Don’t get too excited over 5G phones just yet. If you pre-order your new 5G phone today, you might get it in time for the Olympics (the 2020 Olympics, that is). That’s right, the 5G phone is that far away. The generations take around 10 years to evolve, with 1G being released in 1981. The GSM 2G phones were introduced in 1992 and 3G in 2001. 4G phones are now making their appearance in 2011, with exciting new features and high speed, high spec applications being praised by reviewers.
Carriers will put 5G network infrastructures in place based on their experiences with 4G standards currently evolving, such as the Long Term Evolution (LTE) standards from the 3G Partnership Project. LTE doesn’t yet meet the full specifications of 4G mobile and fixed installation data rates, although LTE devices are marketed as 4G. The eventual LTE Advanced standard will be compatible with the current LTE devices, but current LTE is not backward compatible with pre-LTE standards.
The 5G technology to be used in 5G phones will draw heavily on advances in nanotechnology, with fascinating possibilities for features and applications. Imagine your heartbeat charging the battery in your mobile, or folding your self-cleaning mobile into a shape that you choose. Imagine using your office desktop while you travel to work on the train, or while you’re stuck in a traffic jam. These are just some of the suggestions coming from the research into 5G cell phones.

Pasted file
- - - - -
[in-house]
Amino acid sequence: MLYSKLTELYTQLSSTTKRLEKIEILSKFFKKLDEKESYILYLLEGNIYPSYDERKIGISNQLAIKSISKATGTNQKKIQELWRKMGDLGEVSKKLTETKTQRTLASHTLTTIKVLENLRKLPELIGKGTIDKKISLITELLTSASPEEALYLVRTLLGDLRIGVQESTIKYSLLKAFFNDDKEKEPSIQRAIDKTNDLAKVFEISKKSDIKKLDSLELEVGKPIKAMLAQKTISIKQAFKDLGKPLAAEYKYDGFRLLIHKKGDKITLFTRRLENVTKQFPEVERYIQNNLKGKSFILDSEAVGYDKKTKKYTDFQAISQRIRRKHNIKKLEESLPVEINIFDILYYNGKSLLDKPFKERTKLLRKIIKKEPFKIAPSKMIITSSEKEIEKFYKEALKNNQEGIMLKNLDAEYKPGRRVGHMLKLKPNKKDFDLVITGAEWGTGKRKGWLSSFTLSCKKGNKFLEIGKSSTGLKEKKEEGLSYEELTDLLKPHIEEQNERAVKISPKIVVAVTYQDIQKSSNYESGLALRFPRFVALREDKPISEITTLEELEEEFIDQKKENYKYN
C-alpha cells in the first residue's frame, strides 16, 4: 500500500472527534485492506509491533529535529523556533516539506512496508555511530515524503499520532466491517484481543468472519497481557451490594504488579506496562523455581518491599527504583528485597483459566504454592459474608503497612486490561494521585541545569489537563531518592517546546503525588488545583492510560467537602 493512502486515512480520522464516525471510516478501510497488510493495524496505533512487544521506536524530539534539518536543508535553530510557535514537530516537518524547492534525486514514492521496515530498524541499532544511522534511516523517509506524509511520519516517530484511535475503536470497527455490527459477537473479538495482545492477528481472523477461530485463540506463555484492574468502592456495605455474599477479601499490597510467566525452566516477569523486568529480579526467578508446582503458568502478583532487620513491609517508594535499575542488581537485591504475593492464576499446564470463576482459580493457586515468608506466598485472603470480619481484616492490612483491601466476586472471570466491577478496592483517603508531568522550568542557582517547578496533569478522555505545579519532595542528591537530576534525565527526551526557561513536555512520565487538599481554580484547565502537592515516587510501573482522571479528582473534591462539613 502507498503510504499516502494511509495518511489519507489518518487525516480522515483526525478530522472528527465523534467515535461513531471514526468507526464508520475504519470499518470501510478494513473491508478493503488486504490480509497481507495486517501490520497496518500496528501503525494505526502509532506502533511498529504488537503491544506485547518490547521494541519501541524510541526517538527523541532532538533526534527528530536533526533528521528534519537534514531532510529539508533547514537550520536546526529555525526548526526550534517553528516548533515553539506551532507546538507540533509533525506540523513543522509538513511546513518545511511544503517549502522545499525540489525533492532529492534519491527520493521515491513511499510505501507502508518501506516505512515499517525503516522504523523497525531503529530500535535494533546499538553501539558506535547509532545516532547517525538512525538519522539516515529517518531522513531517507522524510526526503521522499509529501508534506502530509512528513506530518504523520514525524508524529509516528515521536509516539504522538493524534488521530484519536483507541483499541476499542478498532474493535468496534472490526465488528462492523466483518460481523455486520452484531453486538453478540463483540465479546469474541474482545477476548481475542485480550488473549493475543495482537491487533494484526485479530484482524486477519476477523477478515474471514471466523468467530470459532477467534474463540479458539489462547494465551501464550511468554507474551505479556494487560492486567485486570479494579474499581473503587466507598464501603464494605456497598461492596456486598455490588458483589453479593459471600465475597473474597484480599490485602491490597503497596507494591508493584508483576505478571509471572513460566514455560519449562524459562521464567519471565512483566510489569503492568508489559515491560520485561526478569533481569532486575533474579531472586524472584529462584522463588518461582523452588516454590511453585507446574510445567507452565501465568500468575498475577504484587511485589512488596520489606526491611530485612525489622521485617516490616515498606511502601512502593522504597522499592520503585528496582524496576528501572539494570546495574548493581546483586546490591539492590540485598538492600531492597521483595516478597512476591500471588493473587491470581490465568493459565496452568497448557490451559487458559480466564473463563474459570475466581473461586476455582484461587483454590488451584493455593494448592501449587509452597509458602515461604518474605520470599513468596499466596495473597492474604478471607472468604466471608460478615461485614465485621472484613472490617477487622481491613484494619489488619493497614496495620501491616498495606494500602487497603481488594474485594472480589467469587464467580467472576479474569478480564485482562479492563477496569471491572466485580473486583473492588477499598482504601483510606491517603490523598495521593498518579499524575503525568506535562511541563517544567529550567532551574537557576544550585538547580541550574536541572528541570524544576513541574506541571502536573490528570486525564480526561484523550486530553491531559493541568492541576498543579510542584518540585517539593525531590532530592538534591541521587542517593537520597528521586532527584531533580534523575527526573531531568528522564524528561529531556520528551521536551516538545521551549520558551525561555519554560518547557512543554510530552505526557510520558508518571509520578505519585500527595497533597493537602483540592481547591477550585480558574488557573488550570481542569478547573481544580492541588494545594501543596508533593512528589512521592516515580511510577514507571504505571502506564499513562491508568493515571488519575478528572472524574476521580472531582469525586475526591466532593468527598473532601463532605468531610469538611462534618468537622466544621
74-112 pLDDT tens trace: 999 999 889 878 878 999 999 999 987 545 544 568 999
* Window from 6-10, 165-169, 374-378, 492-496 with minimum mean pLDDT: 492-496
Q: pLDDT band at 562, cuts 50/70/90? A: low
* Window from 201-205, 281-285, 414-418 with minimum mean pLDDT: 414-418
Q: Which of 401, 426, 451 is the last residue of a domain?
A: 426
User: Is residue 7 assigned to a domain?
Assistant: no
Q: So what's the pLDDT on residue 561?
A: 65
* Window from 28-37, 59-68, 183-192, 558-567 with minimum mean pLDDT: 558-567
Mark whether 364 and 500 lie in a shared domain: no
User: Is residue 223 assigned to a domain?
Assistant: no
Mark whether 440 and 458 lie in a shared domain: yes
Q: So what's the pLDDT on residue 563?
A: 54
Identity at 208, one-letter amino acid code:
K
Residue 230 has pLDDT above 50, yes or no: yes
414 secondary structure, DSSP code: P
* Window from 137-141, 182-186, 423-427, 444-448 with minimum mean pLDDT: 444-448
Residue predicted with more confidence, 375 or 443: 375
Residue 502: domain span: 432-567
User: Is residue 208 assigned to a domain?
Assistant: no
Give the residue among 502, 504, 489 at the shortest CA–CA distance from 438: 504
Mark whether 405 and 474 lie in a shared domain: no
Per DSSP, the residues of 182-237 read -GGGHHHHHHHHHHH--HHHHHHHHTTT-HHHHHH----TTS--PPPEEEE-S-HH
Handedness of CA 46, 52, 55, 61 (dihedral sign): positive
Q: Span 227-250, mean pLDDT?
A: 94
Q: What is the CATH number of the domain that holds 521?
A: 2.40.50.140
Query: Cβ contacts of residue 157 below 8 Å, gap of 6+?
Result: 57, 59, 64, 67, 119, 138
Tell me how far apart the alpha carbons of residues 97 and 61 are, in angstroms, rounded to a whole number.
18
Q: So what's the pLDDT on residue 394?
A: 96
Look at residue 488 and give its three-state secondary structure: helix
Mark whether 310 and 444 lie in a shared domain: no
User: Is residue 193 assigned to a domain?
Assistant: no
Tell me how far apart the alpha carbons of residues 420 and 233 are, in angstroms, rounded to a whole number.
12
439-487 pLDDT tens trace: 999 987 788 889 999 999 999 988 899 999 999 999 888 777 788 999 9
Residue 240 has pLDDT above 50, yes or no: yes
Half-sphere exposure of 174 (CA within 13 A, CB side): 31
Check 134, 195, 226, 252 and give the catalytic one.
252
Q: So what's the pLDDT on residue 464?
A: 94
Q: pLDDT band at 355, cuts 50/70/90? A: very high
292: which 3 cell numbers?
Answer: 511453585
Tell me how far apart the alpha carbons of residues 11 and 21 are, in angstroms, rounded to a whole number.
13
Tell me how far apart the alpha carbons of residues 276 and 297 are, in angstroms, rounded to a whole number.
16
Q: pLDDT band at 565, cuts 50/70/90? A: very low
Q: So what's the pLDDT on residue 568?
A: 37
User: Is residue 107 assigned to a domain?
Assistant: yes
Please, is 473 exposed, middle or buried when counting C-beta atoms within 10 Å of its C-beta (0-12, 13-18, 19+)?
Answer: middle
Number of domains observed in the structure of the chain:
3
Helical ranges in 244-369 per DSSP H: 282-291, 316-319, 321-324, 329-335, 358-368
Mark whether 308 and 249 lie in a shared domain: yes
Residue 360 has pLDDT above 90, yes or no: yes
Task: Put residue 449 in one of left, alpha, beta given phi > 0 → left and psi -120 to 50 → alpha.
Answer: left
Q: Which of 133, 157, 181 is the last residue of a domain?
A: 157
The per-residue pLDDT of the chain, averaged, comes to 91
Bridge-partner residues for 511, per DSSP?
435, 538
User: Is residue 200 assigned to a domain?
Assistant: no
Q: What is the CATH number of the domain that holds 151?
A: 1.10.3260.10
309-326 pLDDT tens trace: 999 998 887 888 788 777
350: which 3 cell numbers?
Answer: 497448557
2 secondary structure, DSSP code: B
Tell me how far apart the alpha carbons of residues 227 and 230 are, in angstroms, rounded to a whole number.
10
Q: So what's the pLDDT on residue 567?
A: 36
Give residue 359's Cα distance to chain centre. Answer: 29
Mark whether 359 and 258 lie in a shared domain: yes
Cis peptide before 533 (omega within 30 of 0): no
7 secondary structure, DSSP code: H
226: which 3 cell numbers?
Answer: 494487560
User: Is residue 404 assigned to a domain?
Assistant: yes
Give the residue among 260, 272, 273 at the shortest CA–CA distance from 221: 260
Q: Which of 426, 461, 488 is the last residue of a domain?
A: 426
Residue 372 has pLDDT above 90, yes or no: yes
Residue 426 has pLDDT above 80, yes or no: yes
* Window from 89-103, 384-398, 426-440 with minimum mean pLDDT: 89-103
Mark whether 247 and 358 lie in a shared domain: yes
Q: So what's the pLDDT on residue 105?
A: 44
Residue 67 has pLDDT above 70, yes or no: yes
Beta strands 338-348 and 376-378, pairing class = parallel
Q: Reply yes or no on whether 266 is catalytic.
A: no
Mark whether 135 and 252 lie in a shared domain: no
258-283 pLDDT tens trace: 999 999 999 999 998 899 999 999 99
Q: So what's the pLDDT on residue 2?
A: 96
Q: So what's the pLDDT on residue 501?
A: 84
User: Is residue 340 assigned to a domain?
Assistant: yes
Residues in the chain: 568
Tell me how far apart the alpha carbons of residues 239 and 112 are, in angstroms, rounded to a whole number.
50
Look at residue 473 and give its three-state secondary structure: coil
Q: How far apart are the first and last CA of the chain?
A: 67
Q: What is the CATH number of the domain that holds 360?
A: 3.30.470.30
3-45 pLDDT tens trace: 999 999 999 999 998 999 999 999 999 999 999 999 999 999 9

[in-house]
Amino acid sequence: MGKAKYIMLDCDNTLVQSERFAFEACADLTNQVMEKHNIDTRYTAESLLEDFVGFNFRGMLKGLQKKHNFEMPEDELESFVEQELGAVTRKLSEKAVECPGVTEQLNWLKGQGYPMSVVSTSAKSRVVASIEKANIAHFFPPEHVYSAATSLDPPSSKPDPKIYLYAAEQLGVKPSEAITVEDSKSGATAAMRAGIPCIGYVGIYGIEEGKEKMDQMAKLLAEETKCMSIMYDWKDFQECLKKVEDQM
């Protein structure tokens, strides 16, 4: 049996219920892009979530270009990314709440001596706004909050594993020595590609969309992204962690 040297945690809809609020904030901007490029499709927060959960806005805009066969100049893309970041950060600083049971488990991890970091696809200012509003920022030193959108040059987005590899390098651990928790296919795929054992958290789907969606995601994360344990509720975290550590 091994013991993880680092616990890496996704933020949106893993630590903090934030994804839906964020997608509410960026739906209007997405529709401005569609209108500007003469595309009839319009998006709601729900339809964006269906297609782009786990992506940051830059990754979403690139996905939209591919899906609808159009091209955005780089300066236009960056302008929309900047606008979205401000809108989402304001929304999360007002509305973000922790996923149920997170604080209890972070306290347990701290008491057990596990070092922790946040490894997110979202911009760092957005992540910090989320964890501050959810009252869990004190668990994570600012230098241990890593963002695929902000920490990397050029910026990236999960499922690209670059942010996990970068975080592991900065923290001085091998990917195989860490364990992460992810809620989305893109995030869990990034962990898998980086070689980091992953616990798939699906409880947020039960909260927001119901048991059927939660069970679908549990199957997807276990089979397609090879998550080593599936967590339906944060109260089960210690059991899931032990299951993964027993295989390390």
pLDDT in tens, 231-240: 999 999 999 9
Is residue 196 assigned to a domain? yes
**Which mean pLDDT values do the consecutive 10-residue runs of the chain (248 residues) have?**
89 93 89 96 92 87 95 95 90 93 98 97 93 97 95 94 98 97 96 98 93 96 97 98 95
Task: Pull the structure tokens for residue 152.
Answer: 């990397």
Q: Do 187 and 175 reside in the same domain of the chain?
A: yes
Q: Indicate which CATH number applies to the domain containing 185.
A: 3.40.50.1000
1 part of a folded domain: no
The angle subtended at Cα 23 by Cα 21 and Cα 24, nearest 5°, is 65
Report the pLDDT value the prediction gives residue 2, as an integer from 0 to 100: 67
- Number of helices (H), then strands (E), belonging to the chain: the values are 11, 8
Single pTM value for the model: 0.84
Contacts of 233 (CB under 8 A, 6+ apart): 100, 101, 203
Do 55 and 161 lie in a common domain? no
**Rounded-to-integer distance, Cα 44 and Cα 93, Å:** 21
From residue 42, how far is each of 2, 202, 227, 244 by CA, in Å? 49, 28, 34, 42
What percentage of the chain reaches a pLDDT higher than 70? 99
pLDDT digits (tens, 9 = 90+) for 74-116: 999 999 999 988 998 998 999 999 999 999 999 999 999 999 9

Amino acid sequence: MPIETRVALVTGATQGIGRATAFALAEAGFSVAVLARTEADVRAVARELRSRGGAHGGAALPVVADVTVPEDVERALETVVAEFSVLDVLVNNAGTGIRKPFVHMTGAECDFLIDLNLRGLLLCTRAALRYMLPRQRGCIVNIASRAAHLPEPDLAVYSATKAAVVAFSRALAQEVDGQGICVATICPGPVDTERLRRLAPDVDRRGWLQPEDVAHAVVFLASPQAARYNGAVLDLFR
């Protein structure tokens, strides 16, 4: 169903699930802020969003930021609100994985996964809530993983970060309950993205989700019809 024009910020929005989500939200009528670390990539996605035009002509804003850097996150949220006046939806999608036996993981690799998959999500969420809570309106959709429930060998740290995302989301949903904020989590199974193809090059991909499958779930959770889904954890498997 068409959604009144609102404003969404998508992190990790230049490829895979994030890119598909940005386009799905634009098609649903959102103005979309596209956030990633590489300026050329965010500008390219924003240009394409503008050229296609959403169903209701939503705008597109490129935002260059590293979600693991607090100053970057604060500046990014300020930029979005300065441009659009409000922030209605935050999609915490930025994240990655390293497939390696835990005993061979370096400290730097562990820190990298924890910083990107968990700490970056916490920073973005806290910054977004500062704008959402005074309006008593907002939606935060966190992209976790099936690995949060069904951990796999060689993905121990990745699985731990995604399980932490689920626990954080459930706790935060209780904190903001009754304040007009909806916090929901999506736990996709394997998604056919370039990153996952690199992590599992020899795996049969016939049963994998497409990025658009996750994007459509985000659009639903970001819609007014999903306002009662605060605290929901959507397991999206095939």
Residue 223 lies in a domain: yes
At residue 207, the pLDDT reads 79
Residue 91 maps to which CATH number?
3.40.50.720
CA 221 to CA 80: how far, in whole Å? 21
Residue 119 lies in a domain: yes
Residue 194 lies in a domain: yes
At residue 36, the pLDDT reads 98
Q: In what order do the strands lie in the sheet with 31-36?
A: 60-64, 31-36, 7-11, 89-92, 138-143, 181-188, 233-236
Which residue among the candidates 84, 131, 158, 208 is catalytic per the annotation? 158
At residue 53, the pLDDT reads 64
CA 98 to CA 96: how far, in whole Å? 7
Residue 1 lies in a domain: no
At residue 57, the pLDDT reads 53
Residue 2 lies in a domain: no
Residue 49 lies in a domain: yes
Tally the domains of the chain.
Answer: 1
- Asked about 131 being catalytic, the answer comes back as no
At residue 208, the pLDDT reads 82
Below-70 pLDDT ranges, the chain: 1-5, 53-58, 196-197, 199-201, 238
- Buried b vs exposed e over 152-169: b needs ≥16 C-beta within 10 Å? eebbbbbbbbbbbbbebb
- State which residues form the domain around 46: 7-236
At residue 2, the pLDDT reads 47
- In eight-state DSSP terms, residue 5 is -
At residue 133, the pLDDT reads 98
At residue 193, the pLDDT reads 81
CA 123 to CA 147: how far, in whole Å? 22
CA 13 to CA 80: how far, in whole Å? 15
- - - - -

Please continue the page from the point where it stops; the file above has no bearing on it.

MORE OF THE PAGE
For everyone who uses mobile phones 5G sounds like the ultimate dream come true – the idea that you can live your online life wherever you go, seamlessly, and integrate all your control, monitoring and entertainment systems, from home, work and your lifestyle into your main control center – your mobile phone. With 5G wireless phones new and unimaginable speeds and applications will present themselves from 2020 onward.
For now, though, cool phones such as the 4G HTC new Android phones are bringing a tantalizing glimpse of things to come. Take a look at what you get from the HTC Thunderbolt 4G-enabled smartphone: GPS navigation and location services, an 8 MegaPixel camera, coupled with a 1.3 MP front-facing camera and an HD camcorder; Android 2.2 OS (Froyo) and a 4.3 inch multi-touch Super LCD display, with HTML web browser and email.

Until 5G phones arrive, you might just like to get used to the new Windows Phone 7 interface from Microsoft.

This smartphone platform could well be the forerunner of the standard user interface for 5G phones. Microsoft have done a great job to get the look and feel of their desktop OS onto a mobile phone. With their long history in Windows and a huge user base, it could be that Windows Phone 7 is the interface that new users turn to.